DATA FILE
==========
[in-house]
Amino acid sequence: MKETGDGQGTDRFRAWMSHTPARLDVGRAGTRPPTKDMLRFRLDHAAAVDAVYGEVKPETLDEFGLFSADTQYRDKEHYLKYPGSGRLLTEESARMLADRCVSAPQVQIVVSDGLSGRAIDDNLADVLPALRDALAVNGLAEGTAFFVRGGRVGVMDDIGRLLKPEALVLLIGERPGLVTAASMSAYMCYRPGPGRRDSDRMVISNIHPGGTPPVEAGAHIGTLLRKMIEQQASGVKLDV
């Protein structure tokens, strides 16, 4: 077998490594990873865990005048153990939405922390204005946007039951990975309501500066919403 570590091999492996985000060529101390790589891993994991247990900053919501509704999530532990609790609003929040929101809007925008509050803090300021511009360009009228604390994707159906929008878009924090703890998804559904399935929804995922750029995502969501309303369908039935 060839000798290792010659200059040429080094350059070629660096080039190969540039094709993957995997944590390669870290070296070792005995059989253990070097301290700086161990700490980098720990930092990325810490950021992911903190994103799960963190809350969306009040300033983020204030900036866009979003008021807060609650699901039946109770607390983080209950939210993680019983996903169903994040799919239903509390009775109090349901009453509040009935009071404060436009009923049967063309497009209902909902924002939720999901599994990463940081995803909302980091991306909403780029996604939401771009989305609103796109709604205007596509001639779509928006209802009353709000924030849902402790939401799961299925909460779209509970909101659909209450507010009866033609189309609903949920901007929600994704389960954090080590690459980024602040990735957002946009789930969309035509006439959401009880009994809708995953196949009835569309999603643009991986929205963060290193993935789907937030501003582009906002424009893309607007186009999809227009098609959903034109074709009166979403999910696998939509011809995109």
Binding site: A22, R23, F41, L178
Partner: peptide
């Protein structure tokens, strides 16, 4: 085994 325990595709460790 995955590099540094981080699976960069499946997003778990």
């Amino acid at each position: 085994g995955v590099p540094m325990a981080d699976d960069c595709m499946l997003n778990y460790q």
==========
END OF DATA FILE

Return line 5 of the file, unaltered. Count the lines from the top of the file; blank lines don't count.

Partner: peptide